wha wha - 4 months ago 8
Python Question

Is it common to write a lot of code under if __name__ == '__main__': statement

my current coding style is like

import xxx

def fun1()
def fun2()
...

if __name__ == '__main__':

task = sys.argv[1]
if task =='task1':
do task1
elif task == 'task2':
do task2
...


my problem is that the part of the code under

if __name__ == '__main__':


is quite huge comparing to the functions defined above and I was told this is not a good programming style. It is due to the fact that I modify stuff and do experiment in each tasks frequently and I want to separate those part of the code away from functions which are less likely to be modified. I want to learn more advice here, thanks!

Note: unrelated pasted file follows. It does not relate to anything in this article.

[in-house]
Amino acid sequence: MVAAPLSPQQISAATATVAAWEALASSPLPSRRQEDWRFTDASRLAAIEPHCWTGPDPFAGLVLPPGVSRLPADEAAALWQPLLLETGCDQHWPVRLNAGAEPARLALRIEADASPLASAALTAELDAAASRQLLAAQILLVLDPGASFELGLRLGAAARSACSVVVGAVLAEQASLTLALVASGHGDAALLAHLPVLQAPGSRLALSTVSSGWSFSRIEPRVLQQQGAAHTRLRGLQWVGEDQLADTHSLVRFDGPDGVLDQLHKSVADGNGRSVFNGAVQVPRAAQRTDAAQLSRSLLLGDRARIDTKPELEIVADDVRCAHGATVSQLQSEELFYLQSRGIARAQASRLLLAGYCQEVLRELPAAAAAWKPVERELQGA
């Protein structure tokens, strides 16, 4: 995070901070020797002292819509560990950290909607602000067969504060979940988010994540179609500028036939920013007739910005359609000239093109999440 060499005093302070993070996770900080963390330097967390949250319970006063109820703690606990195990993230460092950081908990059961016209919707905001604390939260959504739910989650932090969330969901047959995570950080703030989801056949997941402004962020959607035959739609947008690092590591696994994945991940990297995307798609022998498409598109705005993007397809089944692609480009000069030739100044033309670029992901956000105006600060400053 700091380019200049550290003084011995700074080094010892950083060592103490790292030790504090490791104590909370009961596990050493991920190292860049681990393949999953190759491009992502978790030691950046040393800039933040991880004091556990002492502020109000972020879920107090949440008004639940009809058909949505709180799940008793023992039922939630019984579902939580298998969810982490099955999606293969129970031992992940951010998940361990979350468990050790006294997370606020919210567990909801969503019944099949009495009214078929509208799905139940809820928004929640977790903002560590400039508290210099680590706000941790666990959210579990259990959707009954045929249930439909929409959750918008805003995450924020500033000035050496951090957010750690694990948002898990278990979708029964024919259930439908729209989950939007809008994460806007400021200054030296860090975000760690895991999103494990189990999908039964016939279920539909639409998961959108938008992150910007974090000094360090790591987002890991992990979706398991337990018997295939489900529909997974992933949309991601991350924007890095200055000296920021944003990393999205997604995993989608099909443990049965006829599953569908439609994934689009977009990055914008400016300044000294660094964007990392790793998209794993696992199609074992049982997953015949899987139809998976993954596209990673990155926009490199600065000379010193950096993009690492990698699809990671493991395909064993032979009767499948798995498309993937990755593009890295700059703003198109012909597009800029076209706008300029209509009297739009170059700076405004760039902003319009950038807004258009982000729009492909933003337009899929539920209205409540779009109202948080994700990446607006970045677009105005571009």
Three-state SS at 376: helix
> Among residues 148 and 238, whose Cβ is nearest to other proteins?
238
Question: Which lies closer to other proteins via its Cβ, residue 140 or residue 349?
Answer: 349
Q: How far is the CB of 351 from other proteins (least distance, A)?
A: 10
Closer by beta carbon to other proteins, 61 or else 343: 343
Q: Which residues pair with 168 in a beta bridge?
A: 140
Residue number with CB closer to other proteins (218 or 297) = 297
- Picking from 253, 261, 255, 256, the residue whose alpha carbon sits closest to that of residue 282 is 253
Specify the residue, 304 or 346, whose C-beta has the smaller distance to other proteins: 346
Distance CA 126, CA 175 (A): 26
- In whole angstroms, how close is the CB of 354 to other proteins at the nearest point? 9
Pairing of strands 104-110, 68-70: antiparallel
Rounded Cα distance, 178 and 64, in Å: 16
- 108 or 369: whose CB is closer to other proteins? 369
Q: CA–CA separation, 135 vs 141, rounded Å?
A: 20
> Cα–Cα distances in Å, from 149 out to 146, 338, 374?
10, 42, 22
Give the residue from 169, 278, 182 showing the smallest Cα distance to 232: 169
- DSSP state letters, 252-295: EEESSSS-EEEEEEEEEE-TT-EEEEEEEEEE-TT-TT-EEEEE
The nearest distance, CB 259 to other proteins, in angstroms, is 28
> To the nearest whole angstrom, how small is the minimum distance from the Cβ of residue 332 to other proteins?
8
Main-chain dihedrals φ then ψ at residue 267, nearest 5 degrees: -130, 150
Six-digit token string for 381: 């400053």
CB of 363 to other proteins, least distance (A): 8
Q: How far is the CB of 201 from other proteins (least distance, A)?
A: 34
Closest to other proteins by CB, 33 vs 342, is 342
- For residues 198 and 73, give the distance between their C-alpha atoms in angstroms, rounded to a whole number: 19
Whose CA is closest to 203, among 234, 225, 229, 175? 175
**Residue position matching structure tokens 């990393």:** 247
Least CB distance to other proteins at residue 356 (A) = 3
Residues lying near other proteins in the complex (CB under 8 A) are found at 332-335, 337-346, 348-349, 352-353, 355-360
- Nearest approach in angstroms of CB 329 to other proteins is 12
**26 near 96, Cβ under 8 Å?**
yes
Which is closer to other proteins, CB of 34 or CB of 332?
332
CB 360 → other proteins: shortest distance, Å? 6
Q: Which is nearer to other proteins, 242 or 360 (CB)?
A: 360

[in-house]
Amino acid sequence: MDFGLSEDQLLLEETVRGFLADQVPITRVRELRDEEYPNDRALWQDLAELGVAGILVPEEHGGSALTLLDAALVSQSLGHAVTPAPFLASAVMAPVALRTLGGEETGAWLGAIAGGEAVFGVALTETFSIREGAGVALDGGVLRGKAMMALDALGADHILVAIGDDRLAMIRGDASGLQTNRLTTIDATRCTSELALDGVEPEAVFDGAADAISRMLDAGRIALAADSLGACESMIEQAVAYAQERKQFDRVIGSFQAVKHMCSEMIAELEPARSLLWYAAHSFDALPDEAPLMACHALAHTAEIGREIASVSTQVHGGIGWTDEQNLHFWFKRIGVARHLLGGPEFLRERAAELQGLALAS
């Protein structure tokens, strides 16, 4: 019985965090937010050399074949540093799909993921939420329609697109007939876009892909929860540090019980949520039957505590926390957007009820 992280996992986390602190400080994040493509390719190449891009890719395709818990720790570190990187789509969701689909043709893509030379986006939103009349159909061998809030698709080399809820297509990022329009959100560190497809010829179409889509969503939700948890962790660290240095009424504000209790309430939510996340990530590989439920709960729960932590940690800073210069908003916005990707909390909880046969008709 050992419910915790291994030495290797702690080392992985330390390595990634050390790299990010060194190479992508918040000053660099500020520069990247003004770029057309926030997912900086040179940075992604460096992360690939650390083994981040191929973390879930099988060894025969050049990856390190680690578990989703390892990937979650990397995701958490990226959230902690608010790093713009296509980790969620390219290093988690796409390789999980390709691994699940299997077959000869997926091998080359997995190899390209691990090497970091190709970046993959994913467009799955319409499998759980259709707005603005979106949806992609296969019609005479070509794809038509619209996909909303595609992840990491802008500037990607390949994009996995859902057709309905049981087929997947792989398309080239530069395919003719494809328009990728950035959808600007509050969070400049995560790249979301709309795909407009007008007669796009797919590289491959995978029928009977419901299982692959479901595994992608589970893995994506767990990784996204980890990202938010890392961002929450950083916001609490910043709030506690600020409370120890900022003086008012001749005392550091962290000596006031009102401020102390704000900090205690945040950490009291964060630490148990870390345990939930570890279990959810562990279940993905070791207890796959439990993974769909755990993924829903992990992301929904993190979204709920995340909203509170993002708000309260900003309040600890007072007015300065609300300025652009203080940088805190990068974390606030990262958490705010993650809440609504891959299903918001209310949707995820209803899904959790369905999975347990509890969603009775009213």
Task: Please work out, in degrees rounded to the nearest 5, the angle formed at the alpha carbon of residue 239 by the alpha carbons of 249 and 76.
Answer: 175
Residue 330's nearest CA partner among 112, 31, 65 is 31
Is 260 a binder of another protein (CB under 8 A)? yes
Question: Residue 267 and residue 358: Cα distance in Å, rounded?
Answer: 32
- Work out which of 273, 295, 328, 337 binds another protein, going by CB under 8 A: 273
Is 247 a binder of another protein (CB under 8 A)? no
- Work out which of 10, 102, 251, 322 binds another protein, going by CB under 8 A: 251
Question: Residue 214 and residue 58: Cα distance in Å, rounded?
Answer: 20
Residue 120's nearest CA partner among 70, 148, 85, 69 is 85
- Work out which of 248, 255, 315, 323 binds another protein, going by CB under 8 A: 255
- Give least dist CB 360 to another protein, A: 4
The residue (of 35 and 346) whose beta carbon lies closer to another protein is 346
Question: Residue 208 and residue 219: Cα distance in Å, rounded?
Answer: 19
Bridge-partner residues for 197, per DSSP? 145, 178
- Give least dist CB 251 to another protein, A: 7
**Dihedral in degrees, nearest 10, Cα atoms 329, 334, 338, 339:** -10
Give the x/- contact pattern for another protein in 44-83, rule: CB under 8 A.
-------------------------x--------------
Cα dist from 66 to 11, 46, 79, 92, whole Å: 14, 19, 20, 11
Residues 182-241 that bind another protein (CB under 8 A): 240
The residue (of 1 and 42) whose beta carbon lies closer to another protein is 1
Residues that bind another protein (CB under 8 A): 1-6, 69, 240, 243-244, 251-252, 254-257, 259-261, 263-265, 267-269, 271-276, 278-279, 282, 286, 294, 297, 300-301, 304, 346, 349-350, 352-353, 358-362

Answer

Like BusyAnt said, the common way to do it is

import xxx

def fun1()
def fun2()
...



def main():
    task = sys.argv[1]
    if task =='task1':
        do task1
    elif task == 'task2':
        do task2
    ...

if __name__ == '__main__':
    main()

The upside of this is it does not run on import, but main() can still be run from another module or file if so preferred.

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